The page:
Rear-Admiral Takeo Takagi
Rear-Admiral Takeo Takagi fought two of the Japanese Navy's biggest battles of the war's first six months. After commanding the naval forces supporting the invasion of the Phillipines in late 1941, Takagi headed the task force covering the Java landings in Dutch East Indies, and was therefore the Japanese commander in the Battle of the Java Sea. In that battle, Takagi's forces sank two light cruisers (Dutch) and three destroyers (one Dutch, two British), damaged a heavy cruiser (British), and killed the opposing commander (Dutch Rear-Admiral Karel Doorman), all while successfully maneuvering to protect the transports of the Java invasion fleet, and for the loss of a single destroyer. This must be termed a pretty good result, even if the battle was at times rather confused.
Takagi was also commander of the carrier task force (with fleet carriers Shokaku and Zuikaku) which acted as covering force for the projected seaborne invasion of Port Moreseby, New Guinea, in May 1942. Thus he also commanded the Japanese forces in the battle of the Coral Sea. In that fight the Japanese arguably emerged as the victors tactically (sinking the carrier Lexington, the fleet tanker Neosho, and a destroyer Sims, while damaging carrier Yorktown, though not nearly as badly as they thought) but came out much the worst strategically speaking-- the Moresby invasion was "postponed" (forever, as it turned out), the Japanese Navy lost a ship larger than a destroyer for the first time in the war (light carrier Shoho, providing direct support for the landing force), and, perhaps most critically, Shokaku and Zuikaku both missed the Midway operation as a result of battle damage (Shokaku hit by three bombs) and loss of aircraft and aircrews (Zuikaku, undamaged, was able to accomodate up to 84 planes but had less than 40 operational after the battle).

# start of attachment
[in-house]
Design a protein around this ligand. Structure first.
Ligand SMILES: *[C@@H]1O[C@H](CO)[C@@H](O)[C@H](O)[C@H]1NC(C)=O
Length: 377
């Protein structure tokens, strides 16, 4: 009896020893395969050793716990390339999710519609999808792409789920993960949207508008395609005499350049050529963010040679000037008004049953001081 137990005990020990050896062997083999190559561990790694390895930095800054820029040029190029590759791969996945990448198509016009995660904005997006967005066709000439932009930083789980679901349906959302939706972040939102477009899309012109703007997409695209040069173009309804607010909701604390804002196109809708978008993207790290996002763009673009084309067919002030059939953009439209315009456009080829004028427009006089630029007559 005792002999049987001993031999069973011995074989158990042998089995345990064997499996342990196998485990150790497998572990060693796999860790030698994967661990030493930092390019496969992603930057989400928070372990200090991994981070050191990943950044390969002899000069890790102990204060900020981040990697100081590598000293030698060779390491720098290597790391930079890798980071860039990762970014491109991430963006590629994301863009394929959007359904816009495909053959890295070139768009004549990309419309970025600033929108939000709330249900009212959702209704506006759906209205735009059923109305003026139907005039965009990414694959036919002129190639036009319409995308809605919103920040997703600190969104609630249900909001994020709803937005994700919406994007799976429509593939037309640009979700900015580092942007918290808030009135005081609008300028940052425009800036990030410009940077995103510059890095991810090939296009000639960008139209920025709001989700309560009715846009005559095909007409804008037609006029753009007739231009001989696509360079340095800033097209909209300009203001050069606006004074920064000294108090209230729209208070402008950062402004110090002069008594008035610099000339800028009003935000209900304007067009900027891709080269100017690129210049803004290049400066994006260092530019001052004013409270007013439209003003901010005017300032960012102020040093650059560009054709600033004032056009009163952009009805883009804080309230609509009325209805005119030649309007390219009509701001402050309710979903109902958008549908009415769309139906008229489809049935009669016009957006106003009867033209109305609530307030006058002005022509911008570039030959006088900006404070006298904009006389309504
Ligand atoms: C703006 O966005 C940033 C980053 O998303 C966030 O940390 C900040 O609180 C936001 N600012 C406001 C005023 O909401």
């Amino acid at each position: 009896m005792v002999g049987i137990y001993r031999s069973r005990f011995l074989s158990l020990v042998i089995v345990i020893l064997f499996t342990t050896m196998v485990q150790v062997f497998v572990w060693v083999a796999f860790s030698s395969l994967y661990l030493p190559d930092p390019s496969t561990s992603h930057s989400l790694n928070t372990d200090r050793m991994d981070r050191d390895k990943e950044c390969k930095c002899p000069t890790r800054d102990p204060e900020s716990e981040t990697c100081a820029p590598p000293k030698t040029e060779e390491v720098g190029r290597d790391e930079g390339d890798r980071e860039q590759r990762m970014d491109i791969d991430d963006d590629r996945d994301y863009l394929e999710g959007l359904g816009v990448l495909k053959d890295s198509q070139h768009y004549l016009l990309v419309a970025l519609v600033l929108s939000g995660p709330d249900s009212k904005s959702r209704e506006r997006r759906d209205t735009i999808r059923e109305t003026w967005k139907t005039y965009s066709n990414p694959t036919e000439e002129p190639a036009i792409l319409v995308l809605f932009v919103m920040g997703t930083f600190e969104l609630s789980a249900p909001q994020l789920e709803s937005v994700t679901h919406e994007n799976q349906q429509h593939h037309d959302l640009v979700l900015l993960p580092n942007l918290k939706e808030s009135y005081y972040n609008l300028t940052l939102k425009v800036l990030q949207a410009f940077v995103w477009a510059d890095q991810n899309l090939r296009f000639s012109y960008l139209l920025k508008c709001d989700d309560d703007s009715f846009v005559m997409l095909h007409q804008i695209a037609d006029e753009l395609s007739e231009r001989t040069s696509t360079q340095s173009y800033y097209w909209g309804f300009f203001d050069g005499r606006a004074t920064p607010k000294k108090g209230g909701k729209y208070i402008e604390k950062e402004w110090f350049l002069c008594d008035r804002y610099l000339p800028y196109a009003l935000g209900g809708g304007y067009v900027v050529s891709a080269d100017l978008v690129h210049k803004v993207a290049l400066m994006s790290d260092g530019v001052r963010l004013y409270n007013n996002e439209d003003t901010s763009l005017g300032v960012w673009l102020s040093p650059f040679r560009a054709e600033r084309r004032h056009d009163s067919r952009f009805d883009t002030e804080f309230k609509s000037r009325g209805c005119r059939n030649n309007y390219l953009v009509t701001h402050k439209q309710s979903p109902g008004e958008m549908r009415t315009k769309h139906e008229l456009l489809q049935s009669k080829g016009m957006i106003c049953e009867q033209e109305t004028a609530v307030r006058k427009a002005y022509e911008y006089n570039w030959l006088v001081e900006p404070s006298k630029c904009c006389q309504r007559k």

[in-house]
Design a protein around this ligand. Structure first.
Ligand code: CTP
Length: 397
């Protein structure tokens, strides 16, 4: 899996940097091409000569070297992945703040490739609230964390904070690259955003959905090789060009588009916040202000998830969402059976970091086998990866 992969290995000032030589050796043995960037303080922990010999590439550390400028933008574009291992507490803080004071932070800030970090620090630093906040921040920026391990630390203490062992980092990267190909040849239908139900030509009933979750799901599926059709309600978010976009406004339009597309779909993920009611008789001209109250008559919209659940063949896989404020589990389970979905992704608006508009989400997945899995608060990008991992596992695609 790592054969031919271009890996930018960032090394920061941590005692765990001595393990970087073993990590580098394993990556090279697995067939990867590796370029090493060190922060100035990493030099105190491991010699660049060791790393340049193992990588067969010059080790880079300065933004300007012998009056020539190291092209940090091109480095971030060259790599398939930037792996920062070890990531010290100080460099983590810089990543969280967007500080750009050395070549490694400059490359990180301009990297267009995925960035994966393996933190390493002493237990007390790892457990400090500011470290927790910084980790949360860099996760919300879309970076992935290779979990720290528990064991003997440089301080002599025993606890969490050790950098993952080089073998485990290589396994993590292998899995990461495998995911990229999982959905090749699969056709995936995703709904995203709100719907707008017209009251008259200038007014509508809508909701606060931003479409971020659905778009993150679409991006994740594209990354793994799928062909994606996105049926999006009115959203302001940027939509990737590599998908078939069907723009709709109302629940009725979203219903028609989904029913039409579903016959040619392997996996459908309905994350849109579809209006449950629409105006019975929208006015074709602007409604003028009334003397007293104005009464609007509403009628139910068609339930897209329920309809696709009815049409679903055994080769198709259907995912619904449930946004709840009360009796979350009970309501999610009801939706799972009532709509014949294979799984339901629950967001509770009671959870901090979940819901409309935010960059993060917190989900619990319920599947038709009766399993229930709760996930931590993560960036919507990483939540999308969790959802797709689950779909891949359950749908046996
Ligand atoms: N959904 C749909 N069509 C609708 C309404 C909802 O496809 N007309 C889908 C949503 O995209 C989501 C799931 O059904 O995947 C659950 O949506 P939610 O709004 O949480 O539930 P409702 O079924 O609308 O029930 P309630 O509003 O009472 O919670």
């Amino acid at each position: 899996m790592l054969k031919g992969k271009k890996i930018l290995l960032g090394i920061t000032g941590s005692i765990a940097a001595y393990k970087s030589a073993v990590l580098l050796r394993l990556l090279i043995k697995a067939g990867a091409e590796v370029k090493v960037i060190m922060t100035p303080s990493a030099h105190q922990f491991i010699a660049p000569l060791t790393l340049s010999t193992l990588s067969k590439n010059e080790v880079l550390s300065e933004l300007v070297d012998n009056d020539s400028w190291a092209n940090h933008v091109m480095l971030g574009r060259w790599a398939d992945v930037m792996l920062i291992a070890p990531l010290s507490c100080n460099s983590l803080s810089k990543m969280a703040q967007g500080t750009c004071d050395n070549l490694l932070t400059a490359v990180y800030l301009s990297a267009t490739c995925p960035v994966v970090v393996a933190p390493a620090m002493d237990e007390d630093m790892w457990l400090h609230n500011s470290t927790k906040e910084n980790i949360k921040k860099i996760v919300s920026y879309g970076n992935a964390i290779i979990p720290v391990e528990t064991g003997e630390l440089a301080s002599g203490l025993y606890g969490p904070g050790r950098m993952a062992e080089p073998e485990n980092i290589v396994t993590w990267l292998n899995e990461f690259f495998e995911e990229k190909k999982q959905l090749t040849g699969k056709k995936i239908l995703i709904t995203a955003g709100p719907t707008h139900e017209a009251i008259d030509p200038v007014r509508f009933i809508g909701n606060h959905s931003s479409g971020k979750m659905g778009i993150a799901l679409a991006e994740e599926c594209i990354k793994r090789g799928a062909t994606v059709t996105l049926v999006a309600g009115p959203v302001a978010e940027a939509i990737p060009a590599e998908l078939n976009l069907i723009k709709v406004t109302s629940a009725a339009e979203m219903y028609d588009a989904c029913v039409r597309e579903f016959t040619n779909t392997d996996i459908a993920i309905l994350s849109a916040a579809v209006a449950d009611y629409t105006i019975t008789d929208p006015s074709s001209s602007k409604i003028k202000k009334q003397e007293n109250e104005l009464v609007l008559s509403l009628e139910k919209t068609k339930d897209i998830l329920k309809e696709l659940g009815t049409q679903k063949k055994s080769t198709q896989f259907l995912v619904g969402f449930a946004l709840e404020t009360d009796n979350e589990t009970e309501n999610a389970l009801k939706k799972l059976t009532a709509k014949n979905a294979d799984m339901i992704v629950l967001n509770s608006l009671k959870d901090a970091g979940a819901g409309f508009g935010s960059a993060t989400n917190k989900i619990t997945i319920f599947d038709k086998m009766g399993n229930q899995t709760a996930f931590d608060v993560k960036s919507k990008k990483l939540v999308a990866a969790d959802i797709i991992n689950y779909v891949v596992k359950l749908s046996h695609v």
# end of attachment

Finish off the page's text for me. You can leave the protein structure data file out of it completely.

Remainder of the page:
Takagi was made commander of 6th Fleet (the submarine fleet, then based in the Marianas) in 1943, and was reported killed in action after the American landings on Saipan in 1944 (possibly a suicide).
Forgotten Campaign: The Dutch East Indies Campaign 1941-1942
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